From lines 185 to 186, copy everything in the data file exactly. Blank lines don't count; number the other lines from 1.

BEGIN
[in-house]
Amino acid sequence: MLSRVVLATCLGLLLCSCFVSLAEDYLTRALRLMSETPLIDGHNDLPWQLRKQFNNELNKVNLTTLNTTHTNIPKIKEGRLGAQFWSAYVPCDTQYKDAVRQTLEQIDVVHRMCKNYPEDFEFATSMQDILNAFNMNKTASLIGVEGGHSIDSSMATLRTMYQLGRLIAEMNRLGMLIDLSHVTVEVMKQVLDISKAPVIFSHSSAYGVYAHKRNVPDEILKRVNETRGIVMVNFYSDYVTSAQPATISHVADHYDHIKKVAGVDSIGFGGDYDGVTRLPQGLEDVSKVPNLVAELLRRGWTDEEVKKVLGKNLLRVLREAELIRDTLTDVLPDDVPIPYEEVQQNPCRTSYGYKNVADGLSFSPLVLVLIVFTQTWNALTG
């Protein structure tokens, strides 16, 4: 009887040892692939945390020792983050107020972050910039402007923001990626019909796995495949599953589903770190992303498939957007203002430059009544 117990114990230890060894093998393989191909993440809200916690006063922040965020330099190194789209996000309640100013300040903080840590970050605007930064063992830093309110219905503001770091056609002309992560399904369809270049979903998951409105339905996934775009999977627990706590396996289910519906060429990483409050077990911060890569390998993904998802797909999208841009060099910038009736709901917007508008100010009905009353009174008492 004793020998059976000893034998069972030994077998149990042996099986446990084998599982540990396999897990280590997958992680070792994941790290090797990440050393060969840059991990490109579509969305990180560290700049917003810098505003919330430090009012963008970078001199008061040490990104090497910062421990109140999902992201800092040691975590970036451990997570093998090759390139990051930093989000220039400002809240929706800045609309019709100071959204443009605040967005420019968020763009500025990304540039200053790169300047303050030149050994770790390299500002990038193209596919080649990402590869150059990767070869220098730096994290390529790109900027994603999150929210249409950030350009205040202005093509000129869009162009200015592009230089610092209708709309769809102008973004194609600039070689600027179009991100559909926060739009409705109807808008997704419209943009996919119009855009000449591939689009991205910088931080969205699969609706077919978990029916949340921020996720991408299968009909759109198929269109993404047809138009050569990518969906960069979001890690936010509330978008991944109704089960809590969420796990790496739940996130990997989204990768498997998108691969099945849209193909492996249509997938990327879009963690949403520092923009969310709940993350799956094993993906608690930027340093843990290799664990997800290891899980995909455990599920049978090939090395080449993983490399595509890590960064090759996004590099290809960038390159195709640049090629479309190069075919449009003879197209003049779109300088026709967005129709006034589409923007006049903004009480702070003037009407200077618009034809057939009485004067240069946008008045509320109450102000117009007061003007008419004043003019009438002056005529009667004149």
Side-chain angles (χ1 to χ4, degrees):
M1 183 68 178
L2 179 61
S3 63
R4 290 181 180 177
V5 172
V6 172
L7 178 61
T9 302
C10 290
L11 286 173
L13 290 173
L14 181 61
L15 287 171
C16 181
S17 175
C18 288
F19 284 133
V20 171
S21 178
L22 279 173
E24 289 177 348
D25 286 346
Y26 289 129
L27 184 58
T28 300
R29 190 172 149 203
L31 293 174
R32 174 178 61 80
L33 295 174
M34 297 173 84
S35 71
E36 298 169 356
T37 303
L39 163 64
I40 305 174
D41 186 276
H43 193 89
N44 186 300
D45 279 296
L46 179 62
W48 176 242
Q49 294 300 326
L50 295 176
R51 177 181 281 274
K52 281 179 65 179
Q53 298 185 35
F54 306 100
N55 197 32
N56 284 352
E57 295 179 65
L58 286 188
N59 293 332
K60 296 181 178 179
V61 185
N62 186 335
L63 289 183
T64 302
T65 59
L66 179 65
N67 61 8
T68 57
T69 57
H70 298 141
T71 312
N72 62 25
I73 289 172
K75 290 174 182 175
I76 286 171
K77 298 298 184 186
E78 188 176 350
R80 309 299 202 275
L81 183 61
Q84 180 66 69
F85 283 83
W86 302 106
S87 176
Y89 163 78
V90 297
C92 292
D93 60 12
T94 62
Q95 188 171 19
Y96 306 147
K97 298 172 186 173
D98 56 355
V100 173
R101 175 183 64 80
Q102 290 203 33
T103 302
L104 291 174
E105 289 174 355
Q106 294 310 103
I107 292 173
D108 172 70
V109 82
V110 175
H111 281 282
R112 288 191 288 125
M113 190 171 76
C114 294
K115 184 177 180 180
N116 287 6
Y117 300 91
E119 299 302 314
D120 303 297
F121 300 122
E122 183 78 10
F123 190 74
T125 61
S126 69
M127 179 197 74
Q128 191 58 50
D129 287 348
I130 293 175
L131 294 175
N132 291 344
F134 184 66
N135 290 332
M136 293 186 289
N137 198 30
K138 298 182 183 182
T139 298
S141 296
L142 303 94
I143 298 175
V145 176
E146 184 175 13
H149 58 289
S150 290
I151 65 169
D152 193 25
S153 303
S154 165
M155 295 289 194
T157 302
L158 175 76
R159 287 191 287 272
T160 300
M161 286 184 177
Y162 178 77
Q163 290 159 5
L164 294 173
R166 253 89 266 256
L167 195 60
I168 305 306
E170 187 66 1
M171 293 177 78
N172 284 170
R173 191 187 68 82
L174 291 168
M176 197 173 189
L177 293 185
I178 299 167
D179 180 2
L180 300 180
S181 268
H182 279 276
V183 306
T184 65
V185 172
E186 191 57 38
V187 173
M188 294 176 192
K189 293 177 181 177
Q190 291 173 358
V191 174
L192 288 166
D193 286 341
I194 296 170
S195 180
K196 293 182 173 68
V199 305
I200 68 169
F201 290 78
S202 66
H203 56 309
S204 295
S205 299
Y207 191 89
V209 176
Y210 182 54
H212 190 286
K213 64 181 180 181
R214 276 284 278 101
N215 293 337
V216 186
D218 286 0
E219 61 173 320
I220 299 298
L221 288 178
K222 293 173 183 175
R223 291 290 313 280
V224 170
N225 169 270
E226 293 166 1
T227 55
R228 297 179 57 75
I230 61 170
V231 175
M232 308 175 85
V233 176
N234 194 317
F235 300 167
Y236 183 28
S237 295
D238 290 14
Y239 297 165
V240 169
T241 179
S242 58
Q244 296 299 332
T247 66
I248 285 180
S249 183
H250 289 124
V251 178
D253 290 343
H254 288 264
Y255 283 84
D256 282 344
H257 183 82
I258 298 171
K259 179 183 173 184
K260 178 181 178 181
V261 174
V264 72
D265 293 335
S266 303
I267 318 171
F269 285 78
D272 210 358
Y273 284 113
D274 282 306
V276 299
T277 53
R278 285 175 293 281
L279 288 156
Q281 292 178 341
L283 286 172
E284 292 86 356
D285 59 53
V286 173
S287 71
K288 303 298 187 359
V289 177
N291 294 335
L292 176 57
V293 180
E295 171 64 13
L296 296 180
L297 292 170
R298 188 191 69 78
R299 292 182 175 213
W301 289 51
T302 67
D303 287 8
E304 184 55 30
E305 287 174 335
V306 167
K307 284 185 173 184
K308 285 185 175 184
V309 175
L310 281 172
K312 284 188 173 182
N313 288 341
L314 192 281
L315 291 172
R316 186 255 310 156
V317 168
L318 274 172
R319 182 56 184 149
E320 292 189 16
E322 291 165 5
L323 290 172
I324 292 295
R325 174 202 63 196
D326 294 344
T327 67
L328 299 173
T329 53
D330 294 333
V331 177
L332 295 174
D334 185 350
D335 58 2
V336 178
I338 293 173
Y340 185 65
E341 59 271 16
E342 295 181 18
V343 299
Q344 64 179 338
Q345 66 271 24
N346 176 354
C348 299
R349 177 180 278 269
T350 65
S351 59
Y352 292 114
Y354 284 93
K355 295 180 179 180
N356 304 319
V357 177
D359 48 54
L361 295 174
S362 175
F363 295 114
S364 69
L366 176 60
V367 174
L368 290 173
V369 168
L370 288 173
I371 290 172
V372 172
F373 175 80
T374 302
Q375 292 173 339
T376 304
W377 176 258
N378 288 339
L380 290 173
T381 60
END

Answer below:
Y210 182 54
H212 190 286